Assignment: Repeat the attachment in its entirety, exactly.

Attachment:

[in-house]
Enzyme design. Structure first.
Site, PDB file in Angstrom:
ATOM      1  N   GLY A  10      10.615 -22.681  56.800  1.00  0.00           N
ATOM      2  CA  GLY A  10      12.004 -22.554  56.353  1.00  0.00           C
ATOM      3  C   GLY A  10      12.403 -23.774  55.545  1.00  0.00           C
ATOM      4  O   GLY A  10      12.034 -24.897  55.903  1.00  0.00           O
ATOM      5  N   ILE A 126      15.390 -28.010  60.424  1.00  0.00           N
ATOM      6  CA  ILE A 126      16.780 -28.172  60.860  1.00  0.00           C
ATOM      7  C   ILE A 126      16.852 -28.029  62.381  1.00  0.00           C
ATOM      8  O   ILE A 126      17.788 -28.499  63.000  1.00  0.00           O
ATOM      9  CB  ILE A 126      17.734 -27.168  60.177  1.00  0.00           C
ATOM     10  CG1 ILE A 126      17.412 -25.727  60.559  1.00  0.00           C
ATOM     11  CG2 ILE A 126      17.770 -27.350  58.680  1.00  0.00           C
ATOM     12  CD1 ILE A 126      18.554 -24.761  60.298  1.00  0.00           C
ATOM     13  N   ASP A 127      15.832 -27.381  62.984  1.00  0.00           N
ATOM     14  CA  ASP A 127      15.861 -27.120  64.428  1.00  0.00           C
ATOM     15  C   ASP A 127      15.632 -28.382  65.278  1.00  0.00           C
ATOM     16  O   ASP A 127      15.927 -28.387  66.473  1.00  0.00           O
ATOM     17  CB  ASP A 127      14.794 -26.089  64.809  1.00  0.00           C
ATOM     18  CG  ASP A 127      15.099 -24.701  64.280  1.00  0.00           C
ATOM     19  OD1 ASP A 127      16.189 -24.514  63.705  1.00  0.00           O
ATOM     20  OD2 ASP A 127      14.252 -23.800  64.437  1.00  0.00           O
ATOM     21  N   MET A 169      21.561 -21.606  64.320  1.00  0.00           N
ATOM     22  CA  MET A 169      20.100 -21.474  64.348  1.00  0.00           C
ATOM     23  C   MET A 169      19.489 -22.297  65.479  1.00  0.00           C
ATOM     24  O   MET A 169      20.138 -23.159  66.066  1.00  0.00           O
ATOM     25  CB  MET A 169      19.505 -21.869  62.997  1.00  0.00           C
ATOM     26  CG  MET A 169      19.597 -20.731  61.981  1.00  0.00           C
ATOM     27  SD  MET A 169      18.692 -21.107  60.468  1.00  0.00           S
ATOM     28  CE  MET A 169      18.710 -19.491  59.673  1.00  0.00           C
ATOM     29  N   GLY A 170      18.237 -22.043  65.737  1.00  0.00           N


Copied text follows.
[in-house]
Enzyme design. Structure first.
Site, PDB file in Angstrom:
ATOM      1  N   GLY A  10      10.615 -22.681  56.800  1.00  0.00           N
ATOM      2  CA  GLY A  10      12.004 -22.554  56.353  1.00  0.00           C
ATOM      3  C   GLY A  10      12.403 -23.774  55.545  1.00  0.00           C
ATOM      4  O   GLY A  10      12.034 -24.897  55.903  1.00  0.00           O
ATOM      5  N   ILE A 126      15.390 -28.010  60.424  1.00  0.00           N
ATOM      6  CA  ILE A 126      16.780 -28.172  60.860  1.00  0.00           C
ATOM      7  C   ILE A 126      16.852 -28.029  62.381  1.00  0.00           C
ATOM      8  O   ILE A 126      17.788 -28.499  63.000  1.00  0.00           O
ATOM      9  CB  ILE A 126      17.734 -27.168  60.177  1.00  0.00           C
ATOM     10  CG1 ILE A 126      17.412 -25.727  60.559  1.00  0.00           C
ATOM     11  CG2 ILE A 126      17.770 -27.350  58.680  1.00  0.00           C
ATOM     12  CD1 ILE A 126      18.554 -24.761  60.298  1.00  0.00           C
ATOM     13  N   ASP A 127      15.832 -27.381  62.984  1.00  0.00           N
ATOM     14  CA  ASP A 127      15.861 -27.120  64.428  1.00  0.00           C
ATOM     15  C   ASP A 127      15.632 -28.382  65.278  1.00  0.00           C
ATOM     16  O   ASP A 127      15.927 -28.387  66.473  1.00  0.00           O
ATOM     17  CB  ASP A 127      14.794 -26.089  64.809  1.00  0.00           C
ATOM     18  CG  ASP A 127      15.099 -24.701  64.280  1.00  0.00           C
ATOM     19  OD1 ASP A 127      16.189 -24.514  63.705  1.00  0.00           O
ATOM     20  OD2 ASP A 127      14.252 -23.800  64.437  1.00  0.00           O
ATOM     21  N   MET A 169      21.561 -21.606  64.320  1.00  0.00           N
ATOM     22  CA  MET A 169      20.100 -21.474  64.348  1.00  0.00           C
ATOM     23  C   MET A 169      19.489 -22.297  65.479  1.00  0.00           C
ATOM     24  O   MET A 169      20.138 -23.159  66.066  1.00  0.00           O
ATOM     25  CB  MET A 169      19.505 -21.869  62.997  1.00  0.00           C
ATOM     26  CG  MET A 169      19.597 -20.731  61.981  1.00  0.00           C
ATOM     27  SD  MET A 169      18.692 -21.107  60.468  1.00  0.00           S
ATOM     28  CE  MET A 169      18.710 -19.491  59.673  1.00  0.00           C
ATOM     29  N   GLY A 170      18.237 -22.043  65.737  1.00  0.00           N